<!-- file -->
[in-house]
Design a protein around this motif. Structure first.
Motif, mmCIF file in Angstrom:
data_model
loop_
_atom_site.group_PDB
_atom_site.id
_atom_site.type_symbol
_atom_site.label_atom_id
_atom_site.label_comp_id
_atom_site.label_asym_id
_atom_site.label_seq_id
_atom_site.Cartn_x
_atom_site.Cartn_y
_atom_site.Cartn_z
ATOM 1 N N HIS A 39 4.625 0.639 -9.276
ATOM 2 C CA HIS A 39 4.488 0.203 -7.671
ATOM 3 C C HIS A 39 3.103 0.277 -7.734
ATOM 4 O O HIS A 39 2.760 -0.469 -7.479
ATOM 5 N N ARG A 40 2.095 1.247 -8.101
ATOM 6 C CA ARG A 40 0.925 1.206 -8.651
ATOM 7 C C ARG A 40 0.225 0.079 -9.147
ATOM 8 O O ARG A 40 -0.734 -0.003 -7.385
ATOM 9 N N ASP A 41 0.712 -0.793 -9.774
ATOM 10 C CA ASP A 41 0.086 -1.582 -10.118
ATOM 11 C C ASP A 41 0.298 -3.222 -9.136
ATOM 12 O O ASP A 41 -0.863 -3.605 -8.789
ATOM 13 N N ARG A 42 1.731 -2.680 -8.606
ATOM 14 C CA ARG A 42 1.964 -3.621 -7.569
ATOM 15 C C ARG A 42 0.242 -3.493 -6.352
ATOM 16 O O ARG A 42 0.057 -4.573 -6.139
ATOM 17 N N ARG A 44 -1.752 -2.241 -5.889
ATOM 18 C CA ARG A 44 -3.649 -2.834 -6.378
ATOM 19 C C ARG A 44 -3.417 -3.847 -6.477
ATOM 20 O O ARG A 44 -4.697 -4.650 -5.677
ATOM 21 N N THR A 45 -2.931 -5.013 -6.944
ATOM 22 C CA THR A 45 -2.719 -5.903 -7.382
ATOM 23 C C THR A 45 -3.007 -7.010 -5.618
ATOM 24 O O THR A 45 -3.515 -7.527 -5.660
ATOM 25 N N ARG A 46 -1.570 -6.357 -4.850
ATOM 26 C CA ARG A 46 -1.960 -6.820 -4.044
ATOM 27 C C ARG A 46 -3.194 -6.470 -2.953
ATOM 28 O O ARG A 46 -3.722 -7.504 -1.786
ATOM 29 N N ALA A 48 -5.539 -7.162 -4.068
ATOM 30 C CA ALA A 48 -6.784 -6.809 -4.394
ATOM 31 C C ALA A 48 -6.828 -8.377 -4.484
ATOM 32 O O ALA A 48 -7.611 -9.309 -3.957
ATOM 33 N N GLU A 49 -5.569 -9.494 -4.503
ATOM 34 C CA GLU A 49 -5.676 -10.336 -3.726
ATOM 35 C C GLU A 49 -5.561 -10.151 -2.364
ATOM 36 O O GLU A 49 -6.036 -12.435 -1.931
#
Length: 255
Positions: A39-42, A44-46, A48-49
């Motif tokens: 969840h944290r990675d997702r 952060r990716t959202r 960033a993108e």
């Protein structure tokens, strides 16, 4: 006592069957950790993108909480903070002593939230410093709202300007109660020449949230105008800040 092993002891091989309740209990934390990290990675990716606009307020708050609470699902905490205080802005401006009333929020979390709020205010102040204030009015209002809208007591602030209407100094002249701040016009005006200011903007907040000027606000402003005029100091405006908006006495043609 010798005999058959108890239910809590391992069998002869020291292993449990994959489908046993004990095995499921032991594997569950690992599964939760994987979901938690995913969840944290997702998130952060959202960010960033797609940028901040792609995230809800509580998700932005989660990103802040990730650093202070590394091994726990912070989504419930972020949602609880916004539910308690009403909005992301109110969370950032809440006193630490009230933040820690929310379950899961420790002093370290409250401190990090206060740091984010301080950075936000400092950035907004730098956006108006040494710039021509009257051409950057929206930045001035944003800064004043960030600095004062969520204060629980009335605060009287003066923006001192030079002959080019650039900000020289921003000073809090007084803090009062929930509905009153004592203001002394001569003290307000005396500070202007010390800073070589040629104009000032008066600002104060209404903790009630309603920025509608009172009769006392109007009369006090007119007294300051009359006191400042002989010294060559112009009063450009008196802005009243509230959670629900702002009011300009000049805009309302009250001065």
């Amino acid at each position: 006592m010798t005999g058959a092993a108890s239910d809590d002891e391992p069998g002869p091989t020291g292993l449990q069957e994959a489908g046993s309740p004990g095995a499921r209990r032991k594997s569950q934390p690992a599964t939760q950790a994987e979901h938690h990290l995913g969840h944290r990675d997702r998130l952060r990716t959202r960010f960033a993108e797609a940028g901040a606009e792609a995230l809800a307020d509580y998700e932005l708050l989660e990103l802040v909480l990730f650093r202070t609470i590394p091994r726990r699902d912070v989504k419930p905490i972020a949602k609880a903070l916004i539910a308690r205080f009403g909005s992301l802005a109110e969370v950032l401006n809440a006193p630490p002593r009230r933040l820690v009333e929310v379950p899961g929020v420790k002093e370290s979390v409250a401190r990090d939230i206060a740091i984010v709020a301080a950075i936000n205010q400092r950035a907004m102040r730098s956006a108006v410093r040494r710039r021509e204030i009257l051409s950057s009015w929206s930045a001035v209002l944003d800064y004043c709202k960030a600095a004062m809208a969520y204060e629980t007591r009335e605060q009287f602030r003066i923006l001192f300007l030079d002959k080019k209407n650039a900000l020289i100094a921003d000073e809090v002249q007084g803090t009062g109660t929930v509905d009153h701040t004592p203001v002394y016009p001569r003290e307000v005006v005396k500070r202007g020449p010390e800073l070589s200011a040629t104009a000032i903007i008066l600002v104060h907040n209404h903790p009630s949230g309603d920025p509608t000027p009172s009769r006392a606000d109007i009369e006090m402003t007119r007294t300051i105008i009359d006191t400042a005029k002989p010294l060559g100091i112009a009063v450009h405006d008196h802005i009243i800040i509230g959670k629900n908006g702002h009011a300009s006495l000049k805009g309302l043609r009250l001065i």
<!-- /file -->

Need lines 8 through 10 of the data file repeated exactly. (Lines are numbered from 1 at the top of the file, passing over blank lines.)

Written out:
_atom_site.type_symbol
_atom_site.label_atom_id
_atom_site.label_comp_id